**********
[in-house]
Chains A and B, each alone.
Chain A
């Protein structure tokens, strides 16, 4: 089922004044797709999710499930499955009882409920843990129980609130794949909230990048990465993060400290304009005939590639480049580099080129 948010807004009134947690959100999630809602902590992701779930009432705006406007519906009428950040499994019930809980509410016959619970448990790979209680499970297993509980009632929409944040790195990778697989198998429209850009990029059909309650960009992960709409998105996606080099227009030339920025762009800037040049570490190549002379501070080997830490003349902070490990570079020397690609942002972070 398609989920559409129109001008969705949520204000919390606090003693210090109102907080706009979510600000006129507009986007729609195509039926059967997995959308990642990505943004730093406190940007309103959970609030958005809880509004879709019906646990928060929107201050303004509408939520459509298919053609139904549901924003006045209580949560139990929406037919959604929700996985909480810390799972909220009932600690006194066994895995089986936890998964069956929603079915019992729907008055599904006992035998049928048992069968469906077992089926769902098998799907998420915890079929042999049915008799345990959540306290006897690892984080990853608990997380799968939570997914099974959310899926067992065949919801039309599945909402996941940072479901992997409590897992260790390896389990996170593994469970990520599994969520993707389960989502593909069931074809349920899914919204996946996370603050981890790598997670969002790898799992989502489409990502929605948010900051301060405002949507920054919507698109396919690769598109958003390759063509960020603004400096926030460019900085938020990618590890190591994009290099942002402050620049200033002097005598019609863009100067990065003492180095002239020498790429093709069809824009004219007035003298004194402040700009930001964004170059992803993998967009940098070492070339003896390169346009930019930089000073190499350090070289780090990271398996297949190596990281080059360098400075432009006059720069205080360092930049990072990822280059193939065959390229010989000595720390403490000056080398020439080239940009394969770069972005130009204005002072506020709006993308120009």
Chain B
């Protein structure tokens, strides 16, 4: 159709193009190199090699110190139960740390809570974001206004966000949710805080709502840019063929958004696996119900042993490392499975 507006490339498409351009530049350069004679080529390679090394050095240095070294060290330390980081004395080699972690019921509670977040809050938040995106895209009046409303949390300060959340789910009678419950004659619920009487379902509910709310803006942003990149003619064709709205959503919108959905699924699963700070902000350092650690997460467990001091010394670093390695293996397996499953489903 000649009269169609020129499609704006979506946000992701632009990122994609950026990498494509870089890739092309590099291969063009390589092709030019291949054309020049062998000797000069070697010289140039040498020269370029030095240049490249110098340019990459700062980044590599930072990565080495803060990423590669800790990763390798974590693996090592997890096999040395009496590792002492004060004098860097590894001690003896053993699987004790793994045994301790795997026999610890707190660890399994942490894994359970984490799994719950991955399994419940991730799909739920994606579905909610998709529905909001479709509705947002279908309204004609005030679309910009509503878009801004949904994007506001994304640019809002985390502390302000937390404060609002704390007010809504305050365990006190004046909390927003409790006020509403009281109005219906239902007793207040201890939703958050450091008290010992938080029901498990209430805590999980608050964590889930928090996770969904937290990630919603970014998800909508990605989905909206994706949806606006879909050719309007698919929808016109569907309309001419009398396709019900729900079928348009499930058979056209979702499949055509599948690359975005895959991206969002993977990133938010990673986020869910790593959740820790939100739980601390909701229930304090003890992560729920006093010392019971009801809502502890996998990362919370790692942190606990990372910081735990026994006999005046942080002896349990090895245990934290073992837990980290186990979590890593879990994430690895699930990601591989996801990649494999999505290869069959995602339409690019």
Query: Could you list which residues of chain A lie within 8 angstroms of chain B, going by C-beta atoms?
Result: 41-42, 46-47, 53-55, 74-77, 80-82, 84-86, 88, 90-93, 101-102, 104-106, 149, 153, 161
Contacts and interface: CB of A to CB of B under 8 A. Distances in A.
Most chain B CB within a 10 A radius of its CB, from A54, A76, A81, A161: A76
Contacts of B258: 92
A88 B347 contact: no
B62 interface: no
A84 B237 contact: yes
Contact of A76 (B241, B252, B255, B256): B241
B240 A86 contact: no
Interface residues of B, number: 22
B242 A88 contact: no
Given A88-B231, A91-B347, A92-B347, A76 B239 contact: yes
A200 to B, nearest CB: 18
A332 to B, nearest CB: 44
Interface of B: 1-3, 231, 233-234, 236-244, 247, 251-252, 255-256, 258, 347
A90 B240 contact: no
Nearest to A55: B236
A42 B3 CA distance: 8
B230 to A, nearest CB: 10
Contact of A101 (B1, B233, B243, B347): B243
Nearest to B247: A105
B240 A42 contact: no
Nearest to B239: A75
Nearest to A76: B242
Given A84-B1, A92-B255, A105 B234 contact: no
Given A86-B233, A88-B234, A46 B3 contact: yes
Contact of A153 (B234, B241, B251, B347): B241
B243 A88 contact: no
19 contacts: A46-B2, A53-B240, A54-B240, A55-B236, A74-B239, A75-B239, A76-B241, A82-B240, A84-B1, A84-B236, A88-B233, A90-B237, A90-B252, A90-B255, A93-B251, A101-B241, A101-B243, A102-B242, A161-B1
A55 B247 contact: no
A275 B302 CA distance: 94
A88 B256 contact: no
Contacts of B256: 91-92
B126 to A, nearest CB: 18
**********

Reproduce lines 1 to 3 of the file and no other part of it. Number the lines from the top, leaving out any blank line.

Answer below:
[in-house]
Chains A and B, each alone.
Chain A